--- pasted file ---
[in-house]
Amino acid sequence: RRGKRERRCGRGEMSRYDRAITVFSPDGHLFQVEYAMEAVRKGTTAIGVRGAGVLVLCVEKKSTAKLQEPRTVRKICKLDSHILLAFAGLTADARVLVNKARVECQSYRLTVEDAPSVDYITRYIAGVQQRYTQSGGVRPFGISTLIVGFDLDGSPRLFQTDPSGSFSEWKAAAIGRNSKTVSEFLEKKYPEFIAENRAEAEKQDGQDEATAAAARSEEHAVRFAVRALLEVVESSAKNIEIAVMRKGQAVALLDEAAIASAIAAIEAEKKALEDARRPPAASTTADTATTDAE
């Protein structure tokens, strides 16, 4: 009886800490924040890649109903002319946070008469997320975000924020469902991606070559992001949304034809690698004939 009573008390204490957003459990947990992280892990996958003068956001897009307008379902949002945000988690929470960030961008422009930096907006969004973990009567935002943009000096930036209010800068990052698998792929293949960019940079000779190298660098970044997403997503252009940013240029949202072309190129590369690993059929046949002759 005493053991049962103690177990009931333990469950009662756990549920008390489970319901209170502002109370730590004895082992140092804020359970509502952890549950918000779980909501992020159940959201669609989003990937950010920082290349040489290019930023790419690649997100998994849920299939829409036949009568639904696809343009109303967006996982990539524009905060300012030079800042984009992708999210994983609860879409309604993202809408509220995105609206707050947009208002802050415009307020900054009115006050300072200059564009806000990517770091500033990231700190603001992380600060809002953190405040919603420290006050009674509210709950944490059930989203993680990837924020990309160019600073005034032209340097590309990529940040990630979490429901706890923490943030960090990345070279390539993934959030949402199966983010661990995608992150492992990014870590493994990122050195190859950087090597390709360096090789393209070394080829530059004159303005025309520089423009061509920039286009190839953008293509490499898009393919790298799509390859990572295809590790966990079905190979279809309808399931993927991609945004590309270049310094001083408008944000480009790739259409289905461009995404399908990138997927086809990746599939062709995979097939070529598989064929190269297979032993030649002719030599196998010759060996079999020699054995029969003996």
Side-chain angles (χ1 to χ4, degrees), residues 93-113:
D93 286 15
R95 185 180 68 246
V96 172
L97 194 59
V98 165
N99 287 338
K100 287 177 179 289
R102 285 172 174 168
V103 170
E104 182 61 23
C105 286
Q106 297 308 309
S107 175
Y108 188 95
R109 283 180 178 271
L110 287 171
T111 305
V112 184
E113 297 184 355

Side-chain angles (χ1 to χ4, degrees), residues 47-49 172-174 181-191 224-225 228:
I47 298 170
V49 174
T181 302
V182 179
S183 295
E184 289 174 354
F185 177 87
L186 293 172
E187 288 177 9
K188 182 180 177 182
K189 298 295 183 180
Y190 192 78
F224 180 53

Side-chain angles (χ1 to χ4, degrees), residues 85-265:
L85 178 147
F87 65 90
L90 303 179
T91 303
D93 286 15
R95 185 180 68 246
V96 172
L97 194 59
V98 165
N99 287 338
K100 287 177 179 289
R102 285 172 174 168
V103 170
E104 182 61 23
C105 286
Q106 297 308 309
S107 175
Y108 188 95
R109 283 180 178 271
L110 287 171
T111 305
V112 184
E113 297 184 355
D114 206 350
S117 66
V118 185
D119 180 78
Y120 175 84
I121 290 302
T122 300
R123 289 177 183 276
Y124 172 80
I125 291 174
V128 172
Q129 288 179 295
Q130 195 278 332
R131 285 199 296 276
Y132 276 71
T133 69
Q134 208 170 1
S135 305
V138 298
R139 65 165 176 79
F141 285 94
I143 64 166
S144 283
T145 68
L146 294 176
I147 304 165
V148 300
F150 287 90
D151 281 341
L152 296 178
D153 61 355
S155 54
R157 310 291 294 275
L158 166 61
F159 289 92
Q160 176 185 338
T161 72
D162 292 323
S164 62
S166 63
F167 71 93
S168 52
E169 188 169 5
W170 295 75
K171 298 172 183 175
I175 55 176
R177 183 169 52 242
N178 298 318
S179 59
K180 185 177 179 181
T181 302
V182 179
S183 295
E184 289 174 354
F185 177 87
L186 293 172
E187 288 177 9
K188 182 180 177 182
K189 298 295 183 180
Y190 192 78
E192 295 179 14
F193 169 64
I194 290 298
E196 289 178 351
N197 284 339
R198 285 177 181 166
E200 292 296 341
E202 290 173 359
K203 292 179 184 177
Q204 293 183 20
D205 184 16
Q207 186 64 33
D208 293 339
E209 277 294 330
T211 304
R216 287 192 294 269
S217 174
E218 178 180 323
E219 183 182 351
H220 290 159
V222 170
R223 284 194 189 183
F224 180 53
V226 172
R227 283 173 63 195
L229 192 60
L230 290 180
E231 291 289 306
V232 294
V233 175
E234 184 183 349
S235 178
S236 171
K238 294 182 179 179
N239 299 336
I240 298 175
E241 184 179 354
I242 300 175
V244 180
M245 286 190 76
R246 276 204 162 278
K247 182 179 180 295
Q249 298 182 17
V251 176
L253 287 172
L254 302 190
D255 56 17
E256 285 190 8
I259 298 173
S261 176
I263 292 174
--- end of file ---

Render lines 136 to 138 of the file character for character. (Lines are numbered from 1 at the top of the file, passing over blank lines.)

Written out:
T211 304
R216 287 192 294 269
S217 174